Self-acceptance...who are we really?
Lack of self-acceptance is so common nowadays in the clients who walk through my door, that it has become a bit of a pet subject of mine. I ask myself, what happens to us growing up that we lose touch with our intrinsic sense of worth, just for being us? Of course, I am well aware of the perpetuating reality of parents having not been met in their pure essence then becoming parents themselves, who are unable to meet their own children in their fullness...and so forth. And the current education system does not foster a sense of value in 'being' rather than 'doing'. But the question still stands - if we are pure in essence and all equally have a heart that is loving by nature, why do we not hold onto that and accept ourselves as that and nothing less?
An analogy I often use to challenge clients is to ask them - on a cloudy day, even with thick dark clouds that block out the sky, is the sun still there behind the clouds? A simple question, you might say, but it proves my point as they have to say YES, of course the sun remains no matter what. So what if this the case for each of us? Do we become so identified with the clouds ie the hurts, the injustices, even the mistreatment, that we lose sight of who we are in essence? What if each of us retains our true essence which cannot be rubbed out no matter what happens to us?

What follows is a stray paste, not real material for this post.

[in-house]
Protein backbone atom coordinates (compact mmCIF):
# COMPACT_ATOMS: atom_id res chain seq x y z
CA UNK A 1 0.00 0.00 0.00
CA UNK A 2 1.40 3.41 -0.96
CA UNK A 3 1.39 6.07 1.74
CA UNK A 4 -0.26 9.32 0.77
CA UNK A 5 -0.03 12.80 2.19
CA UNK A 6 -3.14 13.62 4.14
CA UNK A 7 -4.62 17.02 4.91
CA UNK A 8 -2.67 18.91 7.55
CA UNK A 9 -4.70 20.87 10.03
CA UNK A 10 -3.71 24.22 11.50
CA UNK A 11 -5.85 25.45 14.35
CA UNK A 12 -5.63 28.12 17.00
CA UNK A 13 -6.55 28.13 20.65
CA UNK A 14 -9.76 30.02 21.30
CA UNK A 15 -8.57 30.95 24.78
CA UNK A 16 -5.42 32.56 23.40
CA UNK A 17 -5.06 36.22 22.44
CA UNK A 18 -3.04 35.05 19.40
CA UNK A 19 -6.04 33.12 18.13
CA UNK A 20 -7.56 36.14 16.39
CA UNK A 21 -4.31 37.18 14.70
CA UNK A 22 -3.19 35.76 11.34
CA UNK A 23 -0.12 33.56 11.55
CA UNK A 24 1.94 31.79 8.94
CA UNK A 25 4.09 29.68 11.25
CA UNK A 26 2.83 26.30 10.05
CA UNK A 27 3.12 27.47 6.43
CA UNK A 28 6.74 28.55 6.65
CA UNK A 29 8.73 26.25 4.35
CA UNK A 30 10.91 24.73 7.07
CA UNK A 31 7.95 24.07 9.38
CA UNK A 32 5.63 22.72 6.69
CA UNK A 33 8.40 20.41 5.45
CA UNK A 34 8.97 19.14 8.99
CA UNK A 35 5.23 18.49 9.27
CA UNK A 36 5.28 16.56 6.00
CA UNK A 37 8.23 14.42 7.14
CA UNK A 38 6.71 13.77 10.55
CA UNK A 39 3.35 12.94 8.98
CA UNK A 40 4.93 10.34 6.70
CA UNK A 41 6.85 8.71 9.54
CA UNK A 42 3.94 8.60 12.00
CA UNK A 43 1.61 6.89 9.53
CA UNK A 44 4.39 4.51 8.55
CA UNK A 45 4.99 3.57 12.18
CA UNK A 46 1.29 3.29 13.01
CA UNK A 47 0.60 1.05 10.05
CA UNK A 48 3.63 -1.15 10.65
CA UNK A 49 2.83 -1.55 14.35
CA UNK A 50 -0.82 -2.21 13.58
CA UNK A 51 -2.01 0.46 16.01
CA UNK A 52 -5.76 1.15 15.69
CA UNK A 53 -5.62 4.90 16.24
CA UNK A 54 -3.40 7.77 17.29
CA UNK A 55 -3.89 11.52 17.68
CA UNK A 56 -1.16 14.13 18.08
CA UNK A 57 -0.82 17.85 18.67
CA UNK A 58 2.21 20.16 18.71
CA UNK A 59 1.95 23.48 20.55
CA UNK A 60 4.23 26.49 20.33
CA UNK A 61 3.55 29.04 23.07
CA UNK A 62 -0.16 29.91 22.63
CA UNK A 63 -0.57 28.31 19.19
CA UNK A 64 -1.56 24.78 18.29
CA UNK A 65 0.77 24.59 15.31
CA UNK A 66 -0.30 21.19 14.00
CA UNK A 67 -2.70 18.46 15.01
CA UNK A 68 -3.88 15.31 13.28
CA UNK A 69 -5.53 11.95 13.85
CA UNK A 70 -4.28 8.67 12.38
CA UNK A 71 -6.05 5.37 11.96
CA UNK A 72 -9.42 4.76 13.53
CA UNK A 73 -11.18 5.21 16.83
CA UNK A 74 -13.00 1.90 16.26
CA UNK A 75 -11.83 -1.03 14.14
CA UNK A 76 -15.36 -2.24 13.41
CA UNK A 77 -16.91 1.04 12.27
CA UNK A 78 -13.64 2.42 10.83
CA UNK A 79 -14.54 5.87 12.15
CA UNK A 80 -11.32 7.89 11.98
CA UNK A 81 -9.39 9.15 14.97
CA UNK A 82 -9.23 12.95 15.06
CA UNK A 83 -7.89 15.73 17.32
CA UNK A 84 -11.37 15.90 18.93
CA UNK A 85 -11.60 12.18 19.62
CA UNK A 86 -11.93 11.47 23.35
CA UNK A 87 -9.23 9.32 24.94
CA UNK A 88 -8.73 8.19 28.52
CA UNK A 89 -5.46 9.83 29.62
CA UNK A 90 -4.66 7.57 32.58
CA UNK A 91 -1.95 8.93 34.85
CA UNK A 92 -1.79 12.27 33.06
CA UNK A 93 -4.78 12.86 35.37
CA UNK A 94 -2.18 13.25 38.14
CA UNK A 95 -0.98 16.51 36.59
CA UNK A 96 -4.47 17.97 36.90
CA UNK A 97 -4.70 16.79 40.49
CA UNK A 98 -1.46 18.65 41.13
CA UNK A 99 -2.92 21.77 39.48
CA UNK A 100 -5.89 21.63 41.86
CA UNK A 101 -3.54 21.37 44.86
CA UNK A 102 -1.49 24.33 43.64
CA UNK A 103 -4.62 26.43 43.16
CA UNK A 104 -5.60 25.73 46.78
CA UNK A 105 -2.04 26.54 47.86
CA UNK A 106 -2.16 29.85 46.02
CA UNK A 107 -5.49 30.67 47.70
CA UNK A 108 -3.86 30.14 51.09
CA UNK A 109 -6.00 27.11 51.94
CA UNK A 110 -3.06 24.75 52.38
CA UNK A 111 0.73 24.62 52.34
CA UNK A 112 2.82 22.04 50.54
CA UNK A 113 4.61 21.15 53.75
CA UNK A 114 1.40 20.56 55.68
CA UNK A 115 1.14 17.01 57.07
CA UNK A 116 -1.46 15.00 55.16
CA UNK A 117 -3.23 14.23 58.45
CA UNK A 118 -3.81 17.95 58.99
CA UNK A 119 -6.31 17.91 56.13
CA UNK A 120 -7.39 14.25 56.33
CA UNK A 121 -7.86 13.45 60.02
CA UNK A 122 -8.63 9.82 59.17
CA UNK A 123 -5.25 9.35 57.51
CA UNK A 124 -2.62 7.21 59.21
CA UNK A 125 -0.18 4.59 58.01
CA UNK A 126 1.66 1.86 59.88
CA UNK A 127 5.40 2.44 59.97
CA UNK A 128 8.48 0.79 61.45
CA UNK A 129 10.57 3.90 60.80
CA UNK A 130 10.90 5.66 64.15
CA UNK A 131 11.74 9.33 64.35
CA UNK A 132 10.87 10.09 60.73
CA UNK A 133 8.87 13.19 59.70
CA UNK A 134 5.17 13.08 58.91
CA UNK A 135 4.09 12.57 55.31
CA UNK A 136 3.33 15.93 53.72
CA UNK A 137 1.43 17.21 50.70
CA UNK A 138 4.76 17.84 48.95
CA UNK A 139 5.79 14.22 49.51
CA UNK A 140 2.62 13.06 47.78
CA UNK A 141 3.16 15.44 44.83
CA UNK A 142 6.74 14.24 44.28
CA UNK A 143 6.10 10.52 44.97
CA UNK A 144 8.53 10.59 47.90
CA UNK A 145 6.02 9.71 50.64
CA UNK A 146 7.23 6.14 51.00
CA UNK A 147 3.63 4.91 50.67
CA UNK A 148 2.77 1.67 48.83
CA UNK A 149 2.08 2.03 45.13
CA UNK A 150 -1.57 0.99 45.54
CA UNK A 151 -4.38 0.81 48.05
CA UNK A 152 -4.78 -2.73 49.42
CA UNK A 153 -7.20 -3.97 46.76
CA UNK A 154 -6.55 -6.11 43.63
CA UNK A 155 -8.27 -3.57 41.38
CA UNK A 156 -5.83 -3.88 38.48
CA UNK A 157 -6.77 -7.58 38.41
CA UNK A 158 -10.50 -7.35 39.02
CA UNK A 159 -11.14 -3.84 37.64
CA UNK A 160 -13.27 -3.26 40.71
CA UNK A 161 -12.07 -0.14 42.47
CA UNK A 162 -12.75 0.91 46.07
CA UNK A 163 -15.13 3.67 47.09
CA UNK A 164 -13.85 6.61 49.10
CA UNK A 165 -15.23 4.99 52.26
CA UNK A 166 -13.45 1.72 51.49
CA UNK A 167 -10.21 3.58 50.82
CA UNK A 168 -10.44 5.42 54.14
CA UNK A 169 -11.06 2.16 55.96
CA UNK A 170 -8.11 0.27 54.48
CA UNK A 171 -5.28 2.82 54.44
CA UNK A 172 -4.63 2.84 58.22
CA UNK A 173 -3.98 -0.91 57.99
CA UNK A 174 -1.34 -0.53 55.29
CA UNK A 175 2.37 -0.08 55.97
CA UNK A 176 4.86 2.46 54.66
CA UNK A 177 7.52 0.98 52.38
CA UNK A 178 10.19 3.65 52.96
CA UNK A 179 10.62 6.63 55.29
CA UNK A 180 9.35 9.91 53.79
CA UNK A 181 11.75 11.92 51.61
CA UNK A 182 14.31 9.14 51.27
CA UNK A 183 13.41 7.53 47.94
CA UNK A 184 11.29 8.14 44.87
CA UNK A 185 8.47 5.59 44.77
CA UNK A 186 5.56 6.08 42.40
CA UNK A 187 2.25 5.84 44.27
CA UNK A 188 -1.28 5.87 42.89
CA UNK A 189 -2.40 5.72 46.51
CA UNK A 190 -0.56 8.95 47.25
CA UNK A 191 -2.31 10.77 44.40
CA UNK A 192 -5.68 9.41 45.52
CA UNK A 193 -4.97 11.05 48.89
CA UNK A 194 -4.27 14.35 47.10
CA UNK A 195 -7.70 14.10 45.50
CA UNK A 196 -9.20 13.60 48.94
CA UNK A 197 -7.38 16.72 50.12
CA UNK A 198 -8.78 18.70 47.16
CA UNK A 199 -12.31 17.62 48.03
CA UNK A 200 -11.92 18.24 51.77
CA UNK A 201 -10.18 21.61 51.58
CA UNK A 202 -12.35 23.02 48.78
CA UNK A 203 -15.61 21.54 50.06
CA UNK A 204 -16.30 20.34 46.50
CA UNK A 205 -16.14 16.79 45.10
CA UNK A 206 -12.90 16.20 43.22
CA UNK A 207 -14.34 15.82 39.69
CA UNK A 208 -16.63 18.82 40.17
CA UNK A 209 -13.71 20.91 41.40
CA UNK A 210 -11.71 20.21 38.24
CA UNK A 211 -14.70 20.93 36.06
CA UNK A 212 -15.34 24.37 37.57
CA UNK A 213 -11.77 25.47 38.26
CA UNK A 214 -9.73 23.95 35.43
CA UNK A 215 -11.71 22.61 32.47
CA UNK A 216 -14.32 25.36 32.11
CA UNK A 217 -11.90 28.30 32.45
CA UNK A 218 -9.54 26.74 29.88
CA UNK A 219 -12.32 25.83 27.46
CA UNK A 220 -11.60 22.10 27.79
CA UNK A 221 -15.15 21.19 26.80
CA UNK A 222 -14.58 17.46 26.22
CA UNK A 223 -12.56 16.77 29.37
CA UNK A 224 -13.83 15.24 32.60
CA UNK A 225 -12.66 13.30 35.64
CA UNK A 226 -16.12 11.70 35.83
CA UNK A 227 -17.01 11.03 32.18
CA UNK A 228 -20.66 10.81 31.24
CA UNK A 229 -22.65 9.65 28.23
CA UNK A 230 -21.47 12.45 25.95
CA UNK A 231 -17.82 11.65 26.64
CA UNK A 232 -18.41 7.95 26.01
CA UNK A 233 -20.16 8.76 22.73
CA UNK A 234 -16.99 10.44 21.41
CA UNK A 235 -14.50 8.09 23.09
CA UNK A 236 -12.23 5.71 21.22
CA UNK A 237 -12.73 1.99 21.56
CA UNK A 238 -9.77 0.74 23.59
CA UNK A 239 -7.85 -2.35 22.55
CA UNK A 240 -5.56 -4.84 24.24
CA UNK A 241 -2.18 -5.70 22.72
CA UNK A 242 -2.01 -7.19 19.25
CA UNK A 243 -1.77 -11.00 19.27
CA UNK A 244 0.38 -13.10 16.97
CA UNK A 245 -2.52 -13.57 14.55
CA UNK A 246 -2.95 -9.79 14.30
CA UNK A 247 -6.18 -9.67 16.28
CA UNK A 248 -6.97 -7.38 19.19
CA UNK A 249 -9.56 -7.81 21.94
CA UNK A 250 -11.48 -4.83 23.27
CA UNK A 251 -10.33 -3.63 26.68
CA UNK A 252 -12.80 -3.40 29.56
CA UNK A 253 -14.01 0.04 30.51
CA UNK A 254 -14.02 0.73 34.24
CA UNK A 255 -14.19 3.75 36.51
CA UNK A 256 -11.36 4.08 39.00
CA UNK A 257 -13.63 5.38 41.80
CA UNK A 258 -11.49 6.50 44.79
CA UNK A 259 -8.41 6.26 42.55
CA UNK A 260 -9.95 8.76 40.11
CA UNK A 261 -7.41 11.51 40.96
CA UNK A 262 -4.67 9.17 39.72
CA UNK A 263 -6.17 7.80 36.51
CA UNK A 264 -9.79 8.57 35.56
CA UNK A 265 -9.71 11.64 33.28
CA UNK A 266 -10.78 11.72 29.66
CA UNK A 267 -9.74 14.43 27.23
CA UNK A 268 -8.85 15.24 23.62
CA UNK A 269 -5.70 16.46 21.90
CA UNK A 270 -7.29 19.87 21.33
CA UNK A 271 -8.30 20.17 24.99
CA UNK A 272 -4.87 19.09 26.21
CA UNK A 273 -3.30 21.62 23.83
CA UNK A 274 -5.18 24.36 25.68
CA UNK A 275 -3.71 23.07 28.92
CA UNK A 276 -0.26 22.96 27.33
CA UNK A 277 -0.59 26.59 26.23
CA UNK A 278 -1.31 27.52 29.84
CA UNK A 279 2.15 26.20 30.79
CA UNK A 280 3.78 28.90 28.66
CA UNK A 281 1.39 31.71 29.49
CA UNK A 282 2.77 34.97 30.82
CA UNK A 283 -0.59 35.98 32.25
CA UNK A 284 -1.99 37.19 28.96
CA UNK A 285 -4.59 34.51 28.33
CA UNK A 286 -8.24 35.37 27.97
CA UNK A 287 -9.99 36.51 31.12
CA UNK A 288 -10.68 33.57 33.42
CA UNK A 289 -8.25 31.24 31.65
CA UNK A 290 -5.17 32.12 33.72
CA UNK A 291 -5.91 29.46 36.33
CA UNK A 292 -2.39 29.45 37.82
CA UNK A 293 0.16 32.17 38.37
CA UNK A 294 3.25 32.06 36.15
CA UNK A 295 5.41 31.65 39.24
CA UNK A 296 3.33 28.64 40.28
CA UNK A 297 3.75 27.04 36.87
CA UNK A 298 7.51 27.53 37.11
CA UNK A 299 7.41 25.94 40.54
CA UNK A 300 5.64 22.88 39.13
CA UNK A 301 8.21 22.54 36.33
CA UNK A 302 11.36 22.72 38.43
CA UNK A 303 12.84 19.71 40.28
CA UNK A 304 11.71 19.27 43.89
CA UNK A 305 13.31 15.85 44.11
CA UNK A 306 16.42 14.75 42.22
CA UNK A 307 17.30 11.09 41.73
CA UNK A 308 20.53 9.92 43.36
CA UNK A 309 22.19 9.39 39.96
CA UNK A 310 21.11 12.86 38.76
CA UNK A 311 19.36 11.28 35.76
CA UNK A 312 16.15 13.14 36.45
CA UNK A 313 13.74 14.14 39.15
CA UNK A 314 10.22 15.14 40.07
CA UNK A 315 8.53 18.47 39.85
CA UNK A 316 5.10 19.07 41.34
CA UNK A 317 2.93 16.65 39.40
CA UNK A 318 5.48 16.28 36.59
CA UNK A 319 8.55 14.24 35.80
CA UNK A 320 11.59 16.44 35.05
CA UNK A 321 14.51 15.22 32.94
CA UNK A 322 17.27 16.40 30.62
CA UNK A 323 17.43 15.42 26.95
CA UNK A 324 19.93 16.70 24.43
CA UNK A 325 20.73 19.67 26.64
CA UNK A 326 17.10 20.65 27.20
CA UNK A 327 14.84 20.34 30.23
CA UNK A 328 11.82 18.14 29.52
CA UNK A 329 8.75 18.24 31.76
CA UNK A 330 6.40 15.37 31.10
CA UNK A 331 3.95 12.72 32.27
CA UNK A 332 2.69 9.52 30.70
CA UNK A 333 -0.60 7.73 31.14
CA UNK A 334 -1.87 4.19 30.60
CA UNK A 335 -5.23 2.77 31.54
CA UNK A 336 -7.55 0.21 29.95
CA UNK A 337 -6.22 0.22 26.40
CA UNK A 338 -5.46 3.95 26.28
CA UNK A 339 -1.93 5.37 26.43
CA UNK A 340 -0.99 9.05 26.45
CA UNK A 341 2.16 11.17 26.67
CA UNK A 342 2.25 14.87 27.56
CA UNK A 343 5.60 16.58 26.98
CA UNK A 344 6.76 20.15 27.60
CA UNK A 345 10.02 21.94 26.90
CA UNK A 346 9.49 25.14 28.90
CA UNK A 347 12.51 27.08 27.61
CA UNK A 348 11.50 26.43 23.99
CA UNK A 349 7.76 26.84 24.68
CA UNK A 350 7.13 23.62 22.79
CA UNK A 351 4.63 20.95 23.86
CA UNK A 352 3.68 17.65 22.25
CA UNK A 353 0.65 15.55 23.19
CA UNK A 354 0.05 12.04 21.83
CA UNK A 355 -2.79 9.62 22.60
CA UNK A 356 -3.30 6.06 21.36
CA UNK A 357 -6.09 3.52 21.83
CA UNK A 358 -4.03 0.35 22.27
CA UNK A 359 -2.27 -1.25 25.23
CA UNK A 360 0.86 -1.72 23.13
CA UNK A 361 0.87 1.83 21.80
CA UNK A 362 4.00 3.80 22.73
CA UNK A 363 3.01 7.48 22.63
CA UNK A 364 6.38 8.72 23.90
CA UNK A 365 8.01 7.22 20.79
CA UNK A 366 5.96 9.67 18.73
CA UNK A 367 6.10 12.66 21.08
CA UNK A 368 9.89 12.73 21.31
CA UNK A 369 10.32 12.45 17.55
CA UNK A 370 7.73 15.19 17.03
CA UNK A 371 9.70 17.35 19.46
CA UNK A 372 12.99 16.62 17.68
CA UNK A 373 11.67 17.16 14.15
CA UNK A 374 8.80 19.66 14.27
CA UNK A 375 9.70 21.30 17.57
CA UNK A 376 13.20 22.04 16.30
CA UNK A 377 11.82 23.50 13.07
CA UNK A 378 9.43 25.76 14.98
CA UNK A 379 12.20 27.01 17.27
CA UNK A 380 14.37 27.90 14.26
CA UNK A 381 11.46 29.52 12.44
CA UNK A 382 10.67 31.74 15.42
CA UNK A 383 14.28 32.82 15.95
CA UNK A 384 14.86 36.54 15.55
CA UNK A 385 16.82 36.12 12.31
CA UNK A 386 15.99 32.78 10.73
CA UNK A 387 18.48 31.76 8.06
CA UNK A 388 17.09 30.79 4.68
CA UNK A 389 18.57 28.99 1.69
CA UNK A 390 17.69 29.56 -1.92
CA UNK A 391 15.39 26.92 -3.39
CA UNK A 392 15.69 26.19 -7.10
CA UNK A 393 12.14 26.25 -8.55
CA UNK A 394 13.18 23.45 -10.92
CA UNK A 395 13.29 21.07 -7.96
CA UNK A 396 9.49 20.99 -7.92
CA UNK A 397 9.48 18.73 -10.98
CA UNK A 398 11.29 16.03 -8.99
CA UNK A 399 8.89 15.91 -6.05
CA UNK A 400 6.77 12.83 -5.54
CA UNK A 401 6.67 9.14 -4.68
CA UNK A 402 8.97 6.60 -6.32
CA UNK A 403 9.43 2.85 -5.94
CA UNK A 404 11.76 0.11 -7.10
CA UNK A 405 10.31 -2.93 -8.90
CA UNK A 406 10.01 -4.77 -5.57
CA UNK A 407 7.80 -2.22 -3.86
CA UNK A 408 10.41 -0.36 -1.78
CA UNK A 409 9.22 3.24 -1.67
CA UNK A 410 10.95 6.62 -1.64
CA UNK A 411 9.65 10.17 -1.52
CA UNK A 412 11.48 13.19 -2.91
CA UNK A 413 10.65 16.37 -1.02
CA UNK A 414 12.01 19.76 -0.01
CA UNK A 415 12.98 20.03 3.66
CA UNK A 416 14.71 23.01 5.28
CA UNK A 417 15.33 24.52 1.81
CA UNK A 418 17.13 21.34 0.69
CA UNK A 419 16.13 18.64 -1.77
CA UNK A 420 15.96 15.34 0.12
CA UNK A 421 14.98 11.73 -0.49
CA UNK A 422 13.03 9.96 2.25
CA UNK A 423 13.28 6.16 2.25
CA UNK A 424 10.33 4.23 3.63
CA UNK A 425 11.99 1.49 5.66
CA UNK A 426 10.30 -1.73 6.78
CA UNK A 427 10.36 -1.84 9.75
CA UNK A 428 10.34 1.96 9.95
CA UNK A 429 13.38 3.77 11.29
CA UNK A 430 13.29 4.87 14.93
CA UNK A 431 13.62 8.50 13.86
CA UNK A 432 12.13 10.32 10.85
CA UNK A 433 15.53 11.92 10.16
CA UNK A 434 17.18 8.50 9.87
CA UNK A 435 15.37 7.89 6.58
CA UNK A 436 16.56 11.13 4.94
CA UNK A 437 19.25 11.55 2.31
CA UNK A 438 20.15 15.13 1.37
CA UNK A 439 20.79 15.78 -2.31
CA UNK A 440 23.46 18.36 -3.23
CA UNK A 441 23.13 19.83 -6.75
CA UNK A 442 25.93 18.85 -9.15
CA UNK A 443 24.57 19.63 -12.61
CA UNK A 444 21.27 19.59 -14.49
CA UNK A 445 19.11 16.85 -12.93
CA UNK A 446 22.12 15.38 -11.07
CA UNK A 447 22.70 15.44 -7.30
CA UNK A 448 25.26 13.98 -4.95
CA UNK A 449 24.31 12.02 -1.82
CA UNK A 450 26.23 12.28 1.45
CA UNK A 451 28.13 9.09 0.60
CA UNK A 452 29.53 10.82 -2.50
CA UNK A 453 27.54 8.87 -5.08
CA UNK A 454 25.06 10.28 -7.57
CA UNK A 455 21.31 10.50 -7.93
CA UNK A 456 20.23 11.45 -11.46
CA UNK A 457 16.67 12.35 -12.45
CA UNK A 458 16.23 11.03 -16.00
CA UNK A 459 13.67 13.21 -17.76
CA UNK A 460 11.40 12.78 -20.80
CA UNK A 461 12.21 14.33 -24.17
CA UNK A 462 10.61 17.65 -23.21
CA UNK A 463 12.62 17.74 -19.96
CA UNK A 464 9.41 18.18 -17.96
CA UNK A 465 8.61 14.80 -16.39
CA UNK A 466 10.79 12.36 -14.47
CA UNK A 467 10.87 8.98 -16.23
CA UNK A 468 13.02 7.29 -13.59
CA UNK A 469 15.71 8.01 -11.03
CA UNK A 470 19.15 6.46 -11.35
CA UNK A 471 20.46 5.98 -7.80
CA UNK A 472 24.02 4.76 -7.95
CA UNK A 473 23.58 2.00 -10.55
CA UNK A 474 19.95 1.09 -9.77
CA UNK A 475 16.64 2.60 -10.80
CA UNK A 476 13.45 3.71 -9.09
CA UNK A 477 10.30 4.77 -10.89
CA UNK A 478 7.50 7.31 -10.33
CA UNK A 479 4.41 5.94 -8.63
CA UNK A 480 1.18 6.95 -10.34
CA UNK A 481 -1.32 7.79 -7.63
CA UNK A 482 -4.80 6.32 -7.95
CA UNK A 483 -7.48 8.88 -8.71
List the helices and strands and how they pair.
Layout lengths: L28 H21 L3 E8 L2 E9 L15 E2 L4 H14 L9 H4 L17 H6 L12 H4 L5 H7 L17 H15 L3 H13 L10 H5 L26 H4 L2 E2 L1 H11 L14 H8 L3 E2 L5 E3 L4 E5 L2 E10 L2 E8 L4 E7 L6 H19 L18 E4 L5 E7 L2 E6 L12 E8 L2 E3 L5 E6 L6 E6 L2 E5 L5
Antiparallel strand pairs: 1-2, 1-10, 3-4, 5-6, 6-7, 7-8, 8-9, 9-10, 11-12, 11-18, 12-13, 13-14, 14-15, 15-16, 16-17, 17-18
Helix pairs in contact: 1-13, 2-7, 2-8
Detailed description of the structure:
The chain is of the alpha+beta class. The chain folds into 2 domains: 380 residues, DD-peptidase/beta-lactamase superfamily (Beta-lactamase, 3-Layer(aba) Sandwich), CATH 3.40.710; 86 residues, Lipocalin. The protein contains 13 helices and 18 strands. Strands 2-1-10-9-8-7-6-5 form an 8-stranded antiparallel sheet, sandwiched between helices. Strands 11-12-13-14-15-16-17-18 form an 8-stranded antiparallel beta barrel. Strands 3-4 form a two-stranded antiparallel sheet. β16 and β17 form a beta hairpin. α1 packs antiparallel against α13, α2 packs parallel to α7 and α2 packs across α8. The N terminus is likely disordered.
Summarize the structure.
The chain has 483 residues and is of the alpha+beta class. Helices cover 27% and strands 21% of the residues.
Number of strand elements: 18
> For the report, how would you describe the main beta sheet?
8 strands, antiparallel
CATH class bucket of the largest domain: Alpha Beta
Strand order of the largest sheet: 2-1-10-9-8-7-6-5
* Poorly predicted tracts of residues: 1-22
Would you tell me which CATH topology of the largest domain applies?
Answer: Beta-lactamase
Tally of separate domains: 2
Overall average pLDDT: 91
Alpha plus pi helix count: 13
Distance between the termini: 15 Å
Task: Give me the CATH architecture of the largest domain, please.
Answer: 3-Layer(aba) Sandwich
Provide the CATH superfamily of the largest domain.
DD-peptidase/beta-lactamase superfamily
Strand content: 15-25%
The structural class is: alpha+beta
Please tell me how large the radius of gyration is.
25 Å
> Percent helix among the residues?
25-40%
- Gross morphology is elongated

This may seem like wishful thinking, and some may argue that there are people in the world who are just evil, but what if someone who commits a crime or abuses another is just so identified with their hurts (the clouds) that they lash out at the world? What if they have simply lost their connection to who they truly are?
In moments of stillness, in relationship with another or in nature, we all have experiences of a deep connection, a sense that there is more to life than the day-to-day existence. What if there is a part of us that knows there is more? And if this is so, can we accept that there must be more to us, that we have an inner essence that is like the sun, always there, a part of us that is pure and true?
So when clients come in and are very much identified with their hurts I support them to 'clear the clouds', from an ever-present awareness that they are something grand and spectacular in essence. To hold and accept another as nothing less fosters greater self-acceptance, as they are reminded of the 'sun' that resides within them no matter what clouds temporarily get in the way.